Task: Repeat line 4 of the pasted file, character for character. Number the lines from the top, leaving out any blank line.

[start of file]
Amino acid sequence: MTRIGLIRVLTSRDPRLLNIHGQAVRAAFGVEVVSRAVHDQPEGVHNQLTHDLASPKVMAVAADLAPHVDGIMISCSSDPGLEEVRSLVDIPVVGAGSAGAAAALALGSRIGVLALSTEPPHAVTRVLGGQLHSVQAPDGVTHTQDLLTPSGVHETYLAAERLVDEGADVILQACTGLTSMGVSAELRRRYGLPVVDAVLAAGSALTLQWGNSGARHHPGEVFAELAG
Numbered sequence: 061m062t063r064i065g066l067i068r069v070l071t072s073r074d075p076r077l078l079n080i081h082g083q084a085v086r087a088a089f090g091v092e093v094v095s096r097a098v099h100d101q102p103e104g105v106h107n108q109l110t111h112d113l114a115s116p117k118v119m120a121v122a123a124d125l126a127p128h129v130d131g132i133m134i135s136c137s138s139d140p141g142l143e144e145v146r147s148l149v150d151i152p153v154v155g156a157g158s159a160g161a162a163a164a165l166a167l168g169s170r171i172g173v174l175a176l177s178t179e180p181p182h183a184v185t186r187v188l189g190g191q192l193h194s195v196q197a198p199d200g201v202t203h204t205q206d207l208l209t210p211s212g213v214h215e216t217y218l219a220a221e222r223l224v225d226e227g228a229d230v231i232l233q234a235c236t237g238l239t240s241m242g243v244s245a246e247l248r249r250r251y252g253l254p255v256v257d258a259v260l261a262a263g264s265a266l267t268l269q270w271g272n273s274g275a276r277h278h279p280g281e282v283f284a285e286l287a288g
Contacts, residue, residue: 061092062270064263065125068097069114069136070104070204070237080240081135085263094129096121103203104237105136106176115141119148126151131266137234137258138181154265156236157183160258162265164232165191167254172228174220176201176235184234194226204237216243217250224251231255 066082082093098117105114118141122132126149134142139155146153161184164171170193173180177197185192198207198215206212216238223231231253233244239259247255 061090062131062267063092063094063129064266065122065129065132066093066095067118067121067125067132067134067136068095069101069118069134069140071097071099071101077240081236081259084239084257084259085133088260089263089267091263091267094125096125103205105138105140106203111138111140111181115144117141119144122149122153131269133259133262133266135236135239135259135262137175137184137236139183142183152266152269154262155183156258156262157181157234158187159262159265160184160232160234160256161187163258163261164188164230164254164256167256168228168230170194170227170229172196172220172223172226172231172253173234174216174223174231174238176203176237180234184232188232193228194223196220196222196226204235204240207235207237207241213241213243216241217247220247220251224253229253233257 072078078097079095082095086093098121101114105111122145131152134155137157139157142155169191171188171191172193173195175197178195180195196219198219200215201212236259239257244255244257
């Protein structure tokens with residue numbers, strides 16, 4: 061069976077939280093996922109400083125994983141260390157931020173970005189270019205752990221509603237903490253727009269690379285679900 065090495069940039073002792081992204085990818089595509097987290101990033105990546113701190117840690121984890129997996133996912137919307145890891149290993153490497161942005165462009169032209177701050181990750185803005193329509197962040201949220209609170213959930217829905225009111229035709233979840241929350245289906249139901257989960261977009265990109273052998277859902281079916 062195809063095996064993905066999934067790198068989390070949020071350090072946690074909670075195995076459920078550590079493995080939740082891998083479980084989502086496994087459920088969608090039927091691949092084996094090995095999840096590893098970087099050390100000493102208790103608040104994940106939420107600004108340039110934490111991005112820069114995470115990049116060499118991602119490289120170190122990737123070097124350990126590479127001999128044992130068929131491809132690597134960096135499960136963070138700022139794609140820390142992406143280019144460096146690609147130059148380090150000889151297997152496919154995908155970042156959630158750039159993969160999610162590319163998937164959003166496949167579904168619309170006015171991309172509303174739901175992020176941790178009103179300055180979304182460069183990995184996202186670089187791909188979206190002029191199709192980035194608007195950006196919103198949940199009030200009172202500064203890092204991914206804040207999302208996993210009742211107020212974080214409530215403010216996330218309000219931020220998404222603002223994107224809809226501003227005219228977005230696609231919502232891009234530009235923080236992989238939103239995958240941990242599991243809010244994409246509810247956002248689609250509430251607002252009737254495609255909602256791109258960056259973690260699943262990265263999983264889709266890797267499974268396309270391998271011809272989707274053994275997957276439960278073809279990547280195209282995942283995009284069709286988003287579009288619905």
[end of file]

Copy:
């Protein structure tokens with residue numbers, strides 16, 4: 061069976077939280093996922109400083125994983141260390157931020173970005189270019205752990221509603237903490253727009269690379285679900 065090495069940039073002792081992204085990818089595509097987290101990033105990546113701190117840690121984890129997996133996912137919307145890891149290993153490497161942005165462009169032209177701050181990750185803005193329509197962040201949220209609170213959930217829905225009111229035709233979840241929350245289906249139901257989960261977009265990109273052998277859902281079916 062195809063095996064993905066999934067790198068989390070949020071350090072946690074909670075195995076459920078550590079493995080939740082891998083479980084989502086496994087459920088969608090039927091691949092084996094090995095999840096590893098970087099050390100000493102208790103608040104994940106939420107600004108340039110934490111991005112820069114995470115990049116060499118991602119490289120170190122990737123070097124350990126590479127001999128044992130068929131491809132690597134960096135499960136963070138700022139794609140820390142992406143280019144460096146690609147130059148380090150000889151297997152496919154995908155970042156959630158750039159993969160999610162590319163998937164959003166496949167579904168619309170006015171991309172509303174739901175992020176941790178009103179300055180979304182460069183990995184996202186670089187791909188979206190002029191199709192980035194608007195950006196919103198949940199009030200009172202500064203890092204991914206804040207999302208996993210009742211107020212974080214409530215403010216996330218309000219931020220998404222603002223994107224809809226501003227005219228977005230696609231919502232891009234530009235923080236992989238939103239995958240941990242599991243809010244994409246509810247956002248689609250509430251607002252009737254495609255909602256791109258960056259973690260699943262990265263999983264889709266890797267499974268396309270391998271011809272989707274053994275997957276439960278073809279990547280195209282995942283995009284069709286988003287579009288619905």